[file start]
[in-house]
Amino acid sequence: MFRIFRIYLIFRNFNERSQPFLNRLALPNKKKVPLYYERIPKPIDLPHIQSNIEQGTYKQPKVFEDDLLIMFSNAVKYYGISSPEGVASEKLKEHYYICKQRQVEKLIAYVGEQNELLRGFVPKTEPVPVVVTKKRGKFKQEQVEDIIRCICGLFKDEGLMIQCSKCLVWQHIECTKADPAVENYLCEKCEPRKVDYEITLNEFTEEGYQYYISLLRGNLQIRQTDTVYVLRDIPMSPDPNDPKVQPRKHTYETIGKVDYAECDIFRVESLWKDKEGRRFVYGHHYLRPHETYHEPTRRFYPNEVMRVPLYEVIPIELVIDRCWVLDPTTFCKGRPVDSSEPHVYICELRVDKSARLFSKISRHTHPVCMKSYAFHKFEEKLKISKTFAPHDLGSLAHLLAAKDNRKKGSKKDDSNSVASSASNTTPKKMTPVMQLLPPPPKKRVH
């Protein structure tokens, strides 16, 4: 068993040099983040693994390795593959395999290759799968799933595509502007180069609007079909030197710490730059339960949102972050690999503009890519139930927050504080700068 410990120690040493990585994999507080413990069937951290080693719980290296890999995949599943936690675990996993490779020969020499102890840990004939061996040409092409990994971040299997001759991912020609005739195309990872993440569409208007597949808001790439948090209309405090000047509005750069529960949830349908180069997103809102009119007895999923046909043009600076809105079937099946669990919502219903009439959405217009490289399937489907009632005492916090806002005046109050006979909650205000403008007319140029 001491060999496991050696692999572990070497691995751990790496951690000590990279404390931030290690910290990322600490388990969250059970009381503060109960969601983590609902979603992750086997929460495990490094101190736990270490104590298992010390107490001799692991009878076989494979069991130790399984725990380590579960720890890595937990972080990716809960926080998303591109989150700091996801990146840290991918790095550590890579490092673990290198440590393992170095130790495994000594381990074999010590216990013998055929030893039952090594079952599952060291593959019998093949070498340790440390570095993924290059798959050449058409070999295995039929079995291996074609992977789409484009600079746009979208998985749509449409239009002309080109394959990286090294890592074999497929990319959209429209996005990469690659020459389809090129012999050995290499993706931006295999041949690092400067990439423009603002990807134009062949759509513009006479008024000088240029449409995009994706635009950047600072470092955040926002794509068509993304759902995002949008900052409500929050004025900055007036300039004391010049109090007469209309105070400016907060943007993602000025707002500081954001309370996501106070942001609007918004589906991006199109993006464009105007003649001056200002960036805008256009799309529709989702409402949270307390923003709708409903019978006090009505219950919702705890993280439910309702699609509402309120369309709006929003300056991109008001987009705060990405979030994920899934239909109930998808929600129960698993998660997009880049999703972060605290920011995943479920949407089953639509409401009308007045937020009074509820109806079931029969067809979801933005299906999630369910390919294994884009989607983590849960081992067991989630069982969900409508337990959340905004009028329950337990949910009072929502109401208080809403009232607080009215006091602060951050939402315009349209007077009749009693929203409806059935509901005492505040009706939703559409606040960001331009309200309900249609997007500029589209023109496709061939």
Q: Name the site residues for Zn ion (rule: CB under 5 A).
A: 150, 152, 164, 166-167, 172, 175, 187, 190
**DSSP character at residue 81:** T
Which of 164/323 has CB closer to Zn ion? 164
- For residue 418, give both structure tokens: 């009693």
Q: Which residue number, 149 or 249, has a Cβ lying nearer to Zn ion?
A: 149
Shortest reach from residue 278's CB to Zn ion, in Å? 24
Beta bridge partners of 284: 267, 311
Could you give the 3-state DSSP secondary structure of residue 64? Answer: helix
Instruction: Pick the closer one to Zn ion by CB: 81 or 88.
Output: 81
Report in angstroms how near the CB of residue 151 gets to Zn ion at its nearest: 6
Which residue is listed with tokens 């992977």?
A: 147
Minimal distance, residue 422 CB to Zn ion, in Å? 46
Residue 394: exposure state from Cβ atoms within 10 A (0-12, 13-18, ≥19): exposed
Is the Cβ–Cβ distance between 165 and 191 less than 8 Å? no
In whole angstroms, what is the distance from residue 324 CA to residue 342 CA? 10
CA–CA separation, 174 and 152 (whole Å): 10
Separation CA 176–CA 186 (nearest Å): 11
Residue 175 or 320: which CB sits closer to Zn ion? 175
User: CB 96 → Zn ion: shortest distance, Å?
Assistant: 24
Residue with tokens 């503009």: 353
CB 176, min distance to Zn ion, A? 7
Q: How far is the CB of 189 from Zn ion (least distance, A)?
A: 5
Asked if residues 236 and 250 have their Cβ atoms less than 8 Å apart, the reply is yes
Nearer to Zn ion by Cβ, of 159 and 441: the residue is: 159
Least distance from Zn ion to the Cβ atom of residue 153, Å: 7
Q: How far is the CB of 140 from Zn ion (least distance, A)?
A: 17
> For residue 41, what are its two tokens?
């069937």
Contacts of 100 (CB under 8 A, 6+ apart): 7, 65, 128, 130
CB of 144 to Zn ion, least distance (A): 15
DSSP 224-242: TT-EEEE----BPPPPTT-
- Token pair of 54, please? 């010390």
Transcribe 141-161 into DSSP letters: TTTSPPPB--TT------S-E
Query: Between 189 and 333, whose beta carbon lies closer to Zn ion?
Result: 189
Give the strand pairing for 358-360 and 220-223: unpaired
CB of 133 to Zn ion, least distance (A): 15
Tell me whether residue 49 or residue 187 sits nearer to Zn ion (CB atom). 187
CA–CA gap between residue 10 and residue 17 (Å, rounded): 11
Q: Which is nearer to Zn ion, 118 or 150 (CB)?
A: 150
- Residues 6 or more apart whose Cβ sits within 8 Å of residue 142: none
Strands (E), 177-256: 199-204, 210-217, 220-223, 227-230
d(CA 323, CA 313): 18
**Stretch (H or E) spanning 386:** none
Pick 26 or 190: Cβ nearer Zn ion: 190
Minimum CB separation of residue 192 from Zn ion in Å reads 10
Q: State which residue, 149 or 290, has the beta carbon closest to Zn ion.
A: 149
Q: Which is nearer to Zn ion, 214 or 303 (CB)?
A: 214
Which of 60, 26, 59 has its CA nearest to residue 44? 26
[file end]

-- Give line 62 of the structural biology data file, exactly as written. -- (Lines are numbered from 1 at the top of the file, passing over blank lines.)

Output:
Which of 60, 26, 59 has its CA nearest to residue 44? 26